Articles and Information from GA Foods

Reducing Child Hunger with Summer Food Service Programs

Posted by Jessica Fleigle on Apr 13, 2017 10:10:26 AM

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Millions of low-income children will lose access to breakfasts, lunches, and snacks during the summer when school is not in session. According to the Food Research and Action Center (FRAC), only 1 in 6 low-income children who ate school lunch during the 2014-2015 school year were reached by Summer Nutrition Programs in July 2015.

The Summer Food Service Program (SFSP) is a federally funded, state-administered program that provides nutritious meals to children in low-income areas during the months when school is not in session. SFSP serves free meals to children and teens ages 18 and younger. 

It is one of the most underutilized government programs. According to FRAC, for every lunch that an eligible child does not receive, states and communities miss out on more than $3.50 per child in federal SFSP funding. That can mean hundreds of millions of unused dollars and five million or more unfed children. 


SFSP Promotion Strategies
 

It is important to promote the Summer Food Service Program in your area in order to maximize the number of children served. We’ve created some strategies that will help you to inform and excite your community. 

  • Gather a group of volunteers and coordinate blitz days to raise awareness and go into the community to educate people about the program. Word of mouth from concerned parents in the community is a great way to inform people of the SFSP in your area. Local high school sports teams are also great volunteers. If high school students support and participate in the program, the younger children may be more inclined to participate as well.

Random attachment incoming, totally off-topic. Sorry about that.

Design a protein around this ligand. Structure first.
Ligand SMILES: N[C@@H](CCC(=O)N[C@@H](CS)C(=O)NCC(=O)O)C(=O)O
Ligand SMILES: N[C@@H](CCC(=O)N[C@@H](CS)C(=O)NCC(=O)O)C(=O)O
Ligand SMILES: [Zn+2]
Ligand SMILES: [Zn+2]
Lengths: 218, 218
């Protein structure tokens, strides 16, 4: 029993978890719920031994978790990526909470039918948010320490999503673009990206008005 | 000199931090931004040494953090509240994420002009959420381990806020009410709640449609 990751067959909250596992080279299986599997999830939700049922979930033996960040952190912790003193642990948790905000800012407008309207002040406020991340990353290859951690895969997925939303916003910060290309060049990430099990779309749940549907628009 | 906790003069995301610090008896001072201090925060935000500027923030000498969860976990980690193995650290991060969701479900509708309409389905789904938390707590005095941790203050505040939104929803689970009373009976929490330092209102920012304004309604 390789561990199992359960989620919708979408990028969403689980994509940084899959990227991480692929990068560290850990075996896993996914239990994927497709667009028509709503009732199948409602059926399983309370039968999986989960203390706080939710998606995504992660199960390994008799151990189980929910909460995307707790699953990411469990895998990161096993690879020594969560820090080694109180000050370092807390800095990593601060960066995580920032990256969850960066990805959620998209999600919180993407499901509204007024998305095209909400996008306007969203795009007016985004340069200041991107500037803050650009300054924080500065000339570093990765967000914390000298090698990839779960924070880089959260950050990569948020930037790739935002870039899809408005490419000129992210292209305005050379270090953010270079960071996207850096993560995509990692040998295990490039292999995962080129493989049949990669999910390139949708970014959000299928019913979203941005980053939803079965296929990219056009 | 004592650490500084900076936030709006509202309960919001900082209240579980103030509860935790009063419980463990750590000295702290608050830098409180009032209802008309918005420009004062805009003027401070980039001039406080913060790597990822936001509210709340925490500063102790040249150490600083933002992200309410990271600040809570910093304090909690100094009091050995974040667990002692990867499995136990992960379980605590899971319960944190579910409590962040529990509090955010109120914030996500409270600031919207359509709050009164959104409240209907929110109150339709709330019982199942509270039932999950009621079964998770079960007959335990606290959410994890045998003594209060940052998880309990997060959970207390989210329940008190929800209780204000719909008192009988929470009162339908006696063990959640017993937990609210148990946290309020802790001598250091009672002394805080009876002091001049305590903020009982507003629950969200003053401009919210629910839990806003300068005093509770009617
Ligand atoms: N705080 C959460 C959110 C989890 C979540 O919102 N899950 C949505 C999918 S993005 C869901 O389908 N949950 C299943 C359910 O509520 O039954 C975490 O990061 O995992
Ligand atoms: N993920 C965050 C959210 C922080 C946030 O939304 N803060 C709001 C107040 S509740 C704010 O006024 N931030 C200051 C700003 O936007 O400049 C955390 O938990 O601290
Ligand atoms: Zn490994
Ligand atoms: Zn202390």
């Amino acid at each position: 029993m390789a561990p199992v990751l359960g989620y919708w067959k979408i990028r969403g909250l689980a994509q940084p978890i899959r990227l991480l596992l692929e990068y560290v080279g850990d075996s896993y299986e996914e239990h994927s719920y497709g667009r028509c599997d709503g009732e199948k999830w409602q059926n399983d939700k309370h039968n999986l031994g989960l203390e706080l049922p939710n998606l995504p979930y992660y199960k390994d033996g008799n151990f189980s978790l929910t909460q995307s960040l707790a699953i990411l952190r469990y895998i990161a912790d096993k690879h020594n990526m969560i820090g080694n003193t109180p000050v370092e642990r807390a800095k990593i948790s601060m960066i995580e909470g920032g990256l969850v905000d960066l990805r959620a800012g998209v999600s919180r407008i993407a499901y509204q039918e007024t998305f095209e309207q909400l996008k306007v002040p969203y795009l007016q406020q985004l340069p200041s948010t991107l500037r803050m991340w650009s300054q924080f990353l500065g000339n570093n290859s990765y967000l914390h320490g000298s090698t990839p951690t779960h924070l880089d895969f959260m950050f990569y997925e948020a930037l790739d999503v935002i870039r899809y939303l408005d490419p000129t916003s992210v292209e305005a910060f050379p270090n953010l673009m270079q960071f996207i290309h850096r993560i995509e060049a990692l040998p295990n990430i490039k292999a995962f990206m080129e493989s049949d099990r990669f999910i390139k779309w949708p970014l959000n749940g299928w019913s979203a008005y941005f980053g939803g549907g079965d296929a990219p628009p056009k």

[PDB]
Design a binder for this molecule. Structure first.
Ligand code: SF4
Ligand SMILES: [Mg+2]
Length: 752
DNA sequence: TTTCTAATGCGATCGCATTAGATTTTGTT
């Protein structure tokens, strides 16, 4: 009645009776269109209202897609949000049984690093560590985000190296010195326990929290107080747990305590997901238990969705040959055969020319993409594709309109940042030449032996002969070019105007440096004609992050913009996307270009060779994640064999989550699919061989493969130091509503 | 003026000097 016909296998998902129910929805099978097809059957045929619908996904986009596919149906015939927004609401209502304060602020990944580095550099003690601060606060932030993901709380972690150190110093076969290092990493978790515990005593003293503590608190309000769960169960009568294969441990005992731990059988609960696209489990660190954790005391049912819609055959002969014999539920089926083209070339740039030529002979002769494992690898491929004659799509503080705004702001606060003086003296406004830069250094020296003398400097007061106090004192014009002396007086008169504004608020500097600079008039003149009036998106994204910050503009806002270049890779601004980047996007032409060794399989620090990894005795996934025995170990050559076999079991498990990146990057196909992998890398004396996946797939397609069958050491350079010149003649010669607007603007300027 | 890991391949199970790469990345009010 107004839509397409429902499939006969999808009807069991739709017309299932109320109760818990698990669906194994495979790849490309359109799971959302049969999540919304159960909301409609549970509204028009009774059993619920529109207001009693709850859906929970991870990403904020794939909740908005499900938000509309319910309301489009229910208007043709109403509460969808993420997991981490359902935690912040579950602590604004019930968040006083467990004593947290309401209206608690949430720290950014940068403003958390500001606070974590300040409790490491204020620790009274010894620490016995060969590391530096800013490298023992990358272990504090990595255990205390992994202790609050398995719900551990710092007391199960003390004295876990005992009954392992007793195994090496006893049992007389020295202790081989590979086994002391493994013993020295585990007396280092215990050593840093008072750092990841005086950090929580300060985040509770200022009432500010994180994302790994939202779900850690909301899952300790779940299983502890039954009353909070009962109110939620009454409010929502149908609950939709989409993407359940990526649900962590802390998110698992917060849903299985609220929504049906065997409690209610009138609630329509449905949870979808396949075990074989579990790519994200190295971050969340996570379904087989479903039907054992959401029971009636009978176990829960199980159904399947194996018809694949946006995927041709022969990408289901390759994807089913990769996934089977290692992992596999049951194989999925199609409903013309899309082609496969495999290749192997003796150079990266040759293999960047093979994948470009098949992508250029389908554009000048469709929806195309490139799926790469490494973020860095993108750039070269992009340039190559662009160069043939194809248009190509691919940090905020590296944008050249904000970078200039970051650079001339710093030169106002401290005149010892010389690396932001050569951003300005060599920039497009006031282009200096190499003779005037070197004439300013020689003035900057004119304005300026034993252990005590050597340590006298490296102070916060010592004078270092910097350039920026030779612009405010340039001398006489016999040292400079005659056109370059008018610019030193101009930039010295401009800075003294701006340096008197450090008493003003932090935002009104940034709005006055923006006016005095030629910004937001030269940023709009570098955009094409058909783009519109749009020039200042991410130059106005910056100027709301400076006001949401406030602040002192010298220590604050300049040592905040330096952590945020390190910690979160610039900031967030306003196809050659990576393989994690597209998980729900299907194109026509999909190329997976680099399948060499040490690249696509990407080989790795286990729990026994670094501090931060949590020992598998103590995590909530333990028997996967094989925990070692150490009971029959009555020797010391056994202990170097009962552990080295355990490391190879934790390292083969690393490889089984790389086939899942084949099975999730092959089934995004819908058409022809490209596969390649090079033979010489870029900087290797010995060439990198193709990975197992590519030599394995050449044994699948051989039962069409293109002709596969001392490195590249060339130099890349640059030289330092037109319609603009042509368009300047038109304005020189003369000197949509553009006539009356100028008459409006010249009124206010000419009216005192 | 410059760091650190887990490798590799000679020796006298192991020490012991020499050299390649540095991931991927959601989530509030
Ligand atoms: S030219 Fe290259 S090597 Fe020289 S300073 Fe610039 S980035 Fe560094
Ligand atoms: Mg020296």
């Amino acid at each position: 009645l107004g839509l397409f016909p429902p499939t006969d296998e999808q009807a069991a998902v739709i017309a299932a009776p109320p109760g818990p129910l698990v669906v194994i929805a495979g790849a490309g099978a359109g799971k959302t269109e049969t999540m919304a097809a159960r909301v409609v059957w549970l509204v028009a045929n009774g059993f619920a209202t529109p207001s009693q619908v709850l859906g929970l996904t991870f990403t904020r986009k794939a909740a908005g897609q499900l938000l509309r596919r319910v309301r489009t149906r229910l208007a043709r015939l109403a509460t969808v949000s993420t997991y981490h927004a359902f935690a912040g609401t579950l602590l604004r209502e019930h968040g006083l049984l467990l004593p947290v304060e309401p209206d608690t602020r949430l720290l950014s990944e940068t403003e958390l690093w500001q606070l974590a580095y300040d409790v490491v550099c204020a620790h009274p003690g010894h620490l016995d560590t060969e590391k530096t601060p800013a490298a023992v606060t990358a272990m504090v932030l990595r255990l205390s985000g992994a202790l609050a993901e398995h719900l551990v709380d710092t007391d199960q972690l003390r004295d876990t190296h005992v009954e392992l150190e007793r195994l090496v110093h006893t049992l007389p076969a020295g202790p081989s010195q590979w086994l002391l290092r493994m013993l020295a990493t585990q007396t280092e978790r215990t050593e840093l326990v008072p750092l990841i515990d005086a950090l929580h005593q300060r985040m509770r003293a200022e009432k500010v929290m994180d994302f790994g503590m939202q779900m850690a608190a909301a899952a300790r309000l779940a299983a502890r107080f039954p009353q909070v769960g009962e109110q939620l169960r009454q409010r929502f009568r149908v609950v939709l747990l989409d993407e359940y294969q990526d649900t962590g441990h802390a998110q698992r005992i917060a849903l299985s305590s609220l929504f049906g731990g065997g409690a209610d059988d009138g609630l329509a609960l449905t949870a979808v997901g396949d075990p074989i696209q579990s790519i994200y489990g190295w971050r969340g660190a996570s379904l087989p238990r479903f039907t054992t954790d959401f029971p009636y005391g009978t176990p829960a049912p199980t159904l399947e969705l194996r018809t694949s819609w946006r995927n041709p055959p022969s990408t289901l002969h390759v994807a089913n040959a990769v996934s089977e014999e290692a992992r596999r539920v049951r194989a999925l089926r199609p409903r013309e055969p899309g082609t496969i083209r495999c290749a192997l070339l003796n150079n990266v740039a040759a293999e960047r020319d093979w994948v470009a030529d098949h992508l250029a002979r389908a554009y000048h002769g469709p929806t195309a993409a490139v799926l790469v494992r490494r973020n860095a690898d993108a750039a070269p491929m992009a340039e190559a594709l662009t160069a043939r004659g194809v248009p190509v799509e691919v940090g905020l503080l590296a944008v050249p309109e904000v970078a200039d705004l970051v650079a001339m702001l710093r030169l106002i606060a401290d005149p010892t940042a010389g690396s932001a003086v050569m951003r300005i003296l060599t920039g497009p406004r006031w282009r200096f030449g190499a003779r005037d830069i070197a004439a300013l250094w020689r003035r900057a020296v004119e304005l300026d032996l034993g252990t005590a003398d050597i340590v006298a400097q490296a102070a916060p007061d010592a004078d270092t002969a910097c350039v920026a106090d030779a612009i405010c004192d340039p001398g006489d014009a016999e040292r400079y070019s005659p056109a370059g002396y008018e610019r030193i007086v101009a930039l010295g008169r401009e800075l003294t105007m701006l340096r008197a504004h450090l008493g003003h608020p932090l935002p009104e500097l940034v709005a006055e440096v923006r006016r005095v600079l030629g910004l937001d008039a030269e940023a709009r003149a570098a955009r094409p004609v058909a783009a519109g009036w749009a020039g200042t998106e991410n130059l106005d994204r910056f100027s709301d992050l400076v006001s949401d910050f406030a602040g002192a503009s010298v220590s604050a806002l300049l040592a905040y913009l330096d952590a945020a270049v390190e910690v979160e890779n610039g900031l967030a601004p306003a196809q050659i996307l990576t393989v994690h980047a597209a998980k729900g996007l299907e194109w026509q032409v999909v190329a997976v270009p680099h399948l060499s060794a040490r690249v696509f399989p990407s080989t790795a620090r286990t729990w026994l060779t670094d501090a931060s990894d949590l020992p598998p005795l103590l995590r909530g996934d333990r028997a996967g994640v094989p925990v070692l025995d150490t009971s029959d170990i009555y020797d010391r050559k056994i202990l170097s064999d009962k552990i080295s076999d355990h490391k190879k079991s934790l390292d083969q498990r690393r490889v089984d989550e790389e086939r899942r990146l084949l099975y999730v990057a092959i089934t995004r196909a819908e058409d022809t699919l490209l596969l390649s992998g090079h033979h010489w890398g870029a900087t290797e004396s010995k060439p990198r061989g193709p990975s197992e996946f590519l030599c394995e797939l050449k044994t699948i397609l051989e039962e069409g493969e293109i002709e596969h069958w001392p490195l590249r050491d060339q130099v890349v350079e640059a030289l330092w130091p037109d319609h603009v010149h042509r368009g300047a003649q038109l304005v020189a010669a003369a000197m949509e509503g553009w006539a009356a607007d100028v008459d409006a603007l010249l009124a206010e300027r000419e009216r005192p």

• Create informational flyers and distribute them to parents and children during the last week of school. Many times parents are unaware that this program is available at no cost. Have volunteers distribute the flyers to parents who are picking their children up from school and have teachers distribute the flyers to students to share with their parents. 

  • Send a press release to local newspapers and media. Press releases are a great way to reach multiple audiences. Sharing your newsworthy Summer Food Service Program story with local newspapers, radio stations, magazines, and television stations is a great way to generate buzz about your program.  

  • Make your site stand out by serving meals on weekends. Funding is provided for meals served at eligible sites on anyday of the week. Most summer programs only offer meals Monday through Friday, so offering meals on weekends would make your SFSP stand out. Consider advertising weekends as family days and allow parents to participate in the activities

  • Schedule a neighborhood kick-off party to generate interest in the launch of the program. Children are more likely to participate in your SFSP if their friends are participating. Adversiting the first day of SFSP meals as a summer kick-off party will  entice more people to attend.

  • Have a bring-a-buddy day. Word of mouth is a great way to involve more children. Notify the children of upcoming "buddy days" where they are encouraged to bring a friend. Offer prizes or some sort of incentive to those who actually bring a friend. Once the friends attend, encourage them to return. 

Marketing the Summer Food Service Programs in your area can be time consuming, so we created a customizable press release and flyer, as well as a tip sheet for parents/guardians. To download these marketing materials, click here.


SFSP Success Stories

Successful Summer Food Service Program expansion involves intense planning and coordination efforts from the community. We’ve put together a couple success stories from other summer programs. These are excellent examples of using promotional strategies to help increase child participation.